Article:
The Last Word on Romney’s Tax Plan: It Doesn’t Work
Printer-friendly versionPDF version
a a
Type Size: Small
The Fiscal Times
October 19, 2012

f asked what policies Mitt Romney would enact that are significantly different from those Barack Obama would enact in a second term, I expect that most people will say that Romney will cut taxes, whereas Obama will not. Therefore, we can say that the election is more about tax policy than any other issue.

The first thing to understand is that Romney’s plan would not cut taxes at all, at least in principle. It is a revenue-neutral tax reform. He repeatedly says that he would raise exactly the same amount of revenue after his plan is implemented as would be the case without his plan.

While it is true that Romney says he will cut tax rates by 20 percent, this is not by any means the same as saying he will cut taxes by 20 percent. The revenue lost by lowering tax rates would be replaced by raising taxes by taking away peoples’ tax deductions. Some people will get a net tax cut, others will likely see a large net tax increase.

It is impossible to say who will get a tax cut and who will get a tax increase because Romney won’t say which deductions he will eliminate to pay for his rate cut. Obviously, he knows that there are many people planning to vote for him who wouldn’t if they knew their taxes would rise under his plan.

To prevent this from happening, he talks in broad generalities and emphasizes the 20 percent rate cut, hoping that people will think their taxes will go down by 20 percent when this is clearly not what he is proposing.

As a number of analysts have pointed out, there is no way that Romney can possibly make the numbers in his plan add up is unless he abolishes very popular deductions such as that for mortgage interest, state and local taxes, and charitable contributions. Obviously he would lose a massive number of votes if every homeowner, churchgoer, and resident of a high-tax state thought this would happen. Therefore, exactly what deductions would be eliminated has been kept a secret from voters.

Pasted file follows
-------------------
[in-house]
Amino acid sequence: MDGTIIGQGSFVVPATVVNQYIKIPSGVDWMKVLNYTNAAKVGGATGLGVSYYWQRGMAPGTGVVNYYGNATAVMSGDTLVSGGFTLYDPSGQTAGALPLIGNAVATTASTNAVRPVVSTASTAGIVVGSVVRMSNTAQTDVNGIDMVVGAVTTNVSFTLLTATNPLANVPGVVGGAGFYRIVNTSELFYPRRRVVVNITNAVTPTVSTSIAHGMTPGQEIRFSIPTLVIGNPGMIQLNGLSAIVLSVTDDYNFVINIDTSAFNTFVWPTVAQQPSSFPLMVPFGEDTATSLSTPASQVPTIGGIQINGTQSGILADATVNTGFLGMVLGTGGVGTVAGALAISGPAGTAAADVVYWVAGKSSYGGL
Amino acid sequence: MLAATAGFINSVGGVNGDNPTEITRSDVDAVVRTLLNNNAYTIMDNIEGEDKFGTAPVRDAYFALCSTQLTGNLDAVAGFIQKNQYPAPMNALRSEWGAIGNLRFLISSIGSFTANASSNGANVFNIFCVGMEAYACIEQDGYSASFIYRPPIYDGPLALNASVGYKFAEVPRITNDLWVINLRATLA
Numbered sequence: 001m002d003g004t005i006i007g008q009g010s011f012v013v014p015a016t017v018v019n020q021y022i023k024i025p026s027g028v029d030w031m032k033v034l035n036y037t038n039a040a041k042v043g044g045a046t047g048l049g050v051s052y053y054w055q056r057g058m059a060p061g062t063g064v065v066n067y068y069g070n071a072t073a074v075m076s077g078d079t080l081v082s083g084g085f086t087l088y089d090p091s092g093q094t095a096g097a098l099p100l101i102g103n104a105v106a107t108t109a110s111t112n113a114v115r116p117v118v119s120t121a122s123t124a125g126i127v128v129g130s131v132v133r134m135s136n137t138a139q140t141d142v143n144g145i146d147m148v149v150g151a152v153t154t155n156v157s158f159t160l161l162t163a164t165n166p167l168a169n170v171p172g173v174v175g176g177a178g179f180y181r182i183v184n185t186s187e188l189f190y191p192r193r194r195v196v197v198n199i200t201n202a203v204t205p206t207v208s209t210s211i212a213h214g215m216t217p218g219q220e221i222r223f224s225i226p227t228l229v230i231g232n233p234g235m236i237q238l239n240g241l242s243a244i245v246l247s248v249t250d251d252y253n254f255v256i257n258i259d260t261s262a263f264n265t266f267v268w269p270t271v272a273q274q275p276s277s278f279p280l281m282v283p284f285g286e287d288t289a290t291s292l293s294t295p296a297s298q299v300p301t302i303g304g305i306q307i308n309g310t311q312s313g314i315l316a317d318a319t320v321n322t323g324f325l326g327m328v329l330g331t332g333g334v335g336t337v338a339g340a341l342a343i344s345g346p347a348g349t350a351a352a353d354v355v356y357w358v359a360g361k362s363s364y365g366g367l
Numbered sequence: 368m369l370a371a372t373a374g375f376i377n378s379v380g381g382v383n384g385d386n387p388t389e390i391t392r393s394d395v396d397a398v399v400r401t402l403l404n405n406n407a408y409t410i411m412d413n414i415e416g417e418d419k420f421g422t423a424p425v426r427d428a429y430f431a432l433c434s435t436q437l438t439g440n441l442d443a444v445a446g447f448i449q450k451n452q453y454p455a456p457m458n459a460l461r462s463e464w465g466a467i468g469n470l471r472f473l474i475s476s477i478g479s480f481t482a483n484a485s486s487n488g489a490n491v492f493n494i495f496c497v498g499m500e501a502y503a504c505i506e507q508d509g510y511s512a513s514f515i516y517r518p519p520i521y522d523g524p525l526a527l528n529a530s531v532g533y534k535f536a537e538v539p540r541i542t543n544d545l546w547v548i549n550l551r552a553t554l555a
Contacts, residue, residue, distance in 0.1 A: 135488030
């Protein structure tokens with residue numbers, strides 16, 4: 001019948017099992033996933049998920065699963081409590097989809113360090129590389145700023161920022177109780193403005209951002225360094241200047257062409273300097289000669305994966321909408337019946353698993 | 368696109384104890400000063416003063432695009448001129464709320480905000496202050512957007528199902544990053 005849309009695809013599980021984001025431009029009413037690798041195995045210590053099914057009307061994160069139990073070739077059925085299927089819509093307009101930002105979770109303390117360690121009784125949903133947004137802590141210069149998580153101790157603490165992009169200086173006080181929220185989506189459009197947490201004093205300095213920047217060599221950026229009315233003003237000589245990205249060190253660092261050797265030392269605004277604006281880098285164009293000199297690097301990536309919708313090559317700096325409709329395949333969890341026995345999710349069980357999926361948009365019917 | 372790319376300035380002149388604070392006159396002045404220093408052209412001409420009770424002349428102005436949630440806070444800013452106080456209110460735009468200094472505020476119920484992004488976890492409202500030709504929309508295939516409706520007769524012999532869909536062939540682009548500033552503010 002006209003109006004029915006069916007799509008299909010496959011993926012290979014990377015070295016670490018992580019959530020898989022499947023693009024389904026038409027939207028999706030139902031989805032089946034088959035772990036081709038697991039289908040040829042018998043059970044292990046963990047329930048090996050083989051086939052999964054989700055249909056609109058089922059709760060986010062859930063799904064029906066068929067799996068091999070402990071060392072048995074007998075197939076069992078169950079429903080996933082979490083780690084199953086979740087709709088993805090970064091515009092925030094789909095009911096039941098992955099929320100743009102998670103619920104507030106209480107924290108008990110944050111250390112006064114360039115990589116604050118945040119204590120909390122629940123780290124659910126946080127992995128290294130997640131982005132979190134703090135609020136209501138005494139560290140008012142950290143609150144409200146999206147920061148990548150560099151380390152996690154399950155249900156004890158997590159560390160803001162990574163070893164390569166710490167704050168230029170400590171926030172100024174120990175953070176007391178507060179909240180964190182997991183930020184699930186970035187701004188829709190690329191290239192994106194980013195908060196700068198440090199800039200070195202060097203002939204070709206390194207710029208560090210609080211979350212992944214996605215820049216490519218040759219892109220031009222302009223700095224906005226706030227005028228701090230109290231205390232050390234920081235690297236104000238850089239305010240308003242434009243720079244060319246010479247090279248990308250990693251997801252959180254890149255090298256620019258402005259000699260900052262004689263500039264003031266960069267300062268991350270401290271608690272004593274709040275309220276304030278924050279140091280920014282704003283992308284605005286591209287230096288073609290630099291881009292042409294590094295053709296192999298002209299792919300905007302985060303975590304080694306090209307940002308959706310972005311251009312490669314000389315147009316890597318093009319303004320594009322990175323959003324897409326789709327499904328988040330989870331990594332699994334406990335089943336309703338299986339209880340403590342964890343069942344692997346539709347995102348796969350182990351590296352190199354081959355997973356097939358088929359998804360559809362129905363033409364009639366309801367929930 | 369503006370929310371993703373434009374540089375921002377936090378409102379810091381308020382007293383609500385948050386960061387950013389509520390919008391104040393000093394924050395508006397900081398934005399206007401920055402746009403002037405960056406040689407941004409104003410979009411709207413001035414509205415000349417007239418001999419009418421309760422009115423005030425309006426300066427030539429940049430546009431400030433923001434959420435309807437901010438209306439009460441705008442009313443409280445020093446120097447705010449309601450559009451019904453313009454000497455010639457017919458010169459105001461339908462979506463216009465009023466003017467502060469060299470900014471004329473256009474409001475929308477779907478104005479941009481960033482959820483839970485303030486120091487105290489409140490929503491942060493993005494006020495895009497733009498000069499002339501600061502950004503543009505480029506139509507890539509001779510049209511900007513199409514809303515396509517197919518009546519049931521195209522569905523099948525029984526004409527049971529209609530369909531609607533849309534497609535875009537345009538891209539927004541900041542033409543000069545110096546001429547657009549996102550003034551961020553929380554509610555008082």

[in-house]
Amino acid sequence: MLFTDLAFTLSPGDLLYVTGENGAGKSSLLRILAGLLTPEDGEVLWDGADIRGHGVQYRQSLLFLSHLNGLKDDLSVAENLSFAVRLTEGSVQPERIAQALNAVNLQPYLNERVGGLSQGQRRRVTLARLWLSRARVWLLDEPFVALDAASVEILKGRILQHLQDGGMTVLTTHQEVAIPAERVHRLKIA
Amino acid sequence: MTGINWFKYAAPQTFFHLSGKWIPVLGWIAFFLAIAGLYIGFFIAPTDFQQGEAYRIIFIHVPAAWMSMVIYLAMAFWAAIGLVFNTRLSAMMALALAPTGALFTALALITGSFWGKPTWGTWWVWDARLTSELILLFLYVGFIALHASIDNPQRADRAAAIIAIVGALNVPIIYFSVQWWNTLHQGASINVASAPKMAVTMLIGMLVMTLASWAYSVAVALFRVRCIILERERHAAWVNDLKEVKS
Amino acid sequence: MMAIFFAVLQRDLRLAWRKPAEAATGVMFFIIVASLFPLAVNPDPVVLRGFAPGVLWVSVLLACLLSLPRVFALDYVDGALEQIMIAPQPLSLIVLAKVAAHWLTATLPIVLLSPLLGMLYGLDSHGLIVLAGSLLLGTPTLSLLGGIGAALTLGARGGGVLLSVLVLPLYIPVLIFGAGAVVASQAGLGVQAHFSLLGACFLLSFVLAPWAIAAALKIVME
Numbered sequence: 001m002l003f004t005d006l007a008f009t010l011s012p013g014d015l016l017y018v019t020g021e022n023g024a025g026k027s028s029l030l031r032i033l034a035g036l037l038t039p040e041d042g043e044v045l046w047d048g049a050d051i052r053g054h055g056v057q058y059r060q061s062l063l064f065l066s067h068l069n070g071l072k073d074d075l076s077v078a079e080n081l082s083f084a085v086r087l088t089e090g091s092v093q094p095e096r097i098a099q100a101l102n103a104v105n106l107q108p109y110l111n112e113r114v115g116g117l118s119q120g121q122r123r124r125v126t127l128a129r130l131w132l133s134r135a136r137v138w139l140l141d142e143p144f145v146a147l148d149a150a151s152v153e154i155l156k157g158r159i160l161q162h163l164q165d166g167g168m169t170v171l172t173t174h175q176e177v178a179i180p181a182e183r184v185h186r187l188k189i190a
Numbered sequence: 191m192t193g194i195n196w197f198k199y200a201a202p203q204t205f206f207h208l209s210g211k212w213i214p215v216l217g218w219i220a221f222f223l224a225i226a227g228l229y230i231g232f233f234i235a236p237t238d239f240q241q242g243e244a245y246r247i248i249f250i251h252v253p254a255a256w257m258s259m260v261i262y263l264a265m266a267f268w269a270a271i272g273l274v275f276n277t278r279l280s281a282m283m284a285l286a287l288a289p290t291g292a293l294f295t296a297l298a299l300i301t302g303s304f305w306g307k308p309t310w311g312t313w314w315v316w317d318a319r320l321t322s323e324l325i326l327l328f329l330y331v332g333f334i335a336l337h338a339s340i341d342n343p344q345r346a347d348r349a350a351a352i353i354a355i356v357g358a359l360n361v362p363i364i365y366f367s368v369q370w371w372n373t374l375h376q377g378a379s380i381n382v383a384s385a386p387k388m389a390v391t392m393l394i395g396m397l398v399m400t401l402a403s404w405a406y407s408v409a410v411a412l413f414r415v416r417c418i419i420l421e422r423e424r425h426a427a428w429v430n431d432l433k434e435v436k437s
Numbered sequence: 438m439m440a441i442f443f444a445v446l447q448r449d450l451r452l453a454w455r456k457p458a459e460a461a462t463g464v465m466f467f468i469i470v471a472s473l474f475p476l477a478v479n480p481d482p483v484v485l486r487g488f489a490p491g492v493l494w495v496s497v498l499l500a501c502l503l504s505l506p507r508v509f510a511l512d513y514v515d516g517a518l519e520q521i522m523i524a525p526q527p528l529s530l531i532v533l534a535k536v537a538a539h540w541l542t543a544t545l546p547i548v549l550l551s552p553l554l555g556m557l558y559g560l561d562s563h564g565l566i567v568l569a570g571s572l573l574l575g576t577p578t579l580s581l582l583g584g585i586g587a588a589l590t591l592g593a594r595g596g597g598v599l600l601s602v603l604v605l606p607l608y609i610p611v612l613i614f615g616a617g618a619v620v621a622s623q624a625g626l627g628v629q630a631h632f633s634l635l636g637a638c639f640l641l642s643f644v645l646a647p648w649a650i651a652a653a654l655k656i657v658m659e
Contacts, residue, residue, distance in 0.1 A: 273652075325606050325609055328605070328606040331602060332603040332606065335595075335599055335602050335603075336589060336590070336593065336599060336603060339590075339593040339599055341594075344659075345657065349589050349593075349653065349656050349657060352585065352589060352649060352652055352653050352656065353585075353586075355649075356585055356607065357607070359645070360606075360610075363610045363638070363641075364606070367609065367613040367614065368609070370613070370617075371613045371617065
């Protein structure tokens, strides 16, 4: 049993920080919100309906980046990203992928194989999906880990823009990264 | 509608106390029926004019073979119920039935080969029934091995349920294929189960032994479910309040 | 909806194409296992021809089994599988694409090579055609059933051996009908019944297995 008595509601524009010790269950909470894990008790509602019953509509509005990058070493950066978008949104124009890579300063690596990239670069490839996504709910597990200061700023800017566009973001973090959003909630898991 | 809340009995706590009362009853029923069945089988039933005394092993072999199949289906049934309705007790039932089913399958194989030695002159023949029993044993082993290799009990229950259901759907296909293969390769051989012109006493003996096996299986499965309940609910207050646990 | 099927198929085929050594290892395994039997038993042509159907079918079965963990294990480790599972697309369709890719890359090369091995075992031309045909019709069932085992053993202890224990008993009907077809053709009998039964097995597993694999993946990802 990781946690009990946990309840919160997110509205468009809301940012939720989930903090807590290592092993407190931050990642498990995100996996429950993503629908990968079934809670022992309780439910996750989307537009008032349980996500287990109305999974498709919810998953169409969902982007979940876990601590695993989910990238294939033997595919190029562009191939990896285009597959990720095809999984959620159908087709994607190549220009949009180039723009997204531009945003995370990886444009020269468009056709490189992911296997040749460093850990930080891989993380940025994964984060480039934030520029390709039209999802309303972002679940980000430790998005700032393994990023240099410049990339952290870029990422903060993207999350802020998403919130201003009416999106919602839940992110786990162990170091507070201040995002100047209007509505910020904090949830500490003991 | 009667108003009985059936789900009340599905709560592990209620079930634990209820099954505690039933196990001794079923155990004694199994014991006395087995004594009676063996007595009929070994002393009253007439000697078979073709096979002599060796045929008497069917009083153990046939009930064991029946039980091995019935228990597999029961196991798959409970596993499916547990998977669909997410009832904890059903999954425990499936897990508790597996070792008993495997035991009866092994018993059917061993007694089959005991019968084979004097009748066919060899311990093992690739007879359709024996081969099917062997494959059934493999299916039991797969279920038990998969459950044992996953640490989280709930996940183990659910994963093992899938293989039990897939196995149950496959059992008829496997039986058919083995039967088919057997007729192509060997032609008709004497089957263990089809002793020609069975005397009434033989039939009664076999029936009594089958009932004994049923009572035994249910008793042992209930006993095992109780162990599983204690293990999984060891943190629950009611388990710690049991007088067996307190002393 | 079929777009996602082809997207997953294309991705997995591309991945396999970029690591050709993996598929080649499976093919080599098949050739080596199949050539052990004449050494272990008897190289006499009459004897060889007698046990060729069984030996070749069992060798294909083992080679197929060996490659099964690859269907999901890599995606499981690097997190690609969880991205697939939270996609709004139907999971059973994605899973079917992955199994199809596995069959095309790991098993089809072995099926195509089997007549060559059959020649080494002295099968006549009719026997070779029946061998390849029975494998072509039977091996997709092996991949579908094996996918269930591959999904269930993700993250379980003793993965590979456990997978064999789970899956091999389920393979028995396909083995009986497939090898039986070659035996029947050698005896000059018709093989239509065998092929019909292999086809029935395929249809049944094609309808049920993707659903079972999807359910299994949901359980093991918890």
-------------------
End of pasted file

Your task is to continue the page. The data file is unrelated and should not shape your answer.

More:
Indeed, there isn’t much support even among Republicans for eliminating deductions necessary to pay for Romney’s rate reduction. The Republican Party platform adopted at the same convention where Romney was nominated says that under no circumstances should the charitable contributions deduction be touched. And just this week, Senator Marco Rubio of Florida, a rising star in the GOP, objected to any tax plan that restricted mortgage interest or the exclusion for health insurance as well.

Said Rubio, “Do you really want to hurt charitable giving in a country when you are saying that you want to rely less on government and more on private institutions to deal with these issues? And how are you going to raise taxes on people on their health care premiums when you are saying you want there to be a system in place where folks can have more control over their own money?”

Bruce Bartlett’s columns focus on the intersection of politics and economics. The author of seven books, he worked in government for many years and was senior policy analyst in the Reagan White House.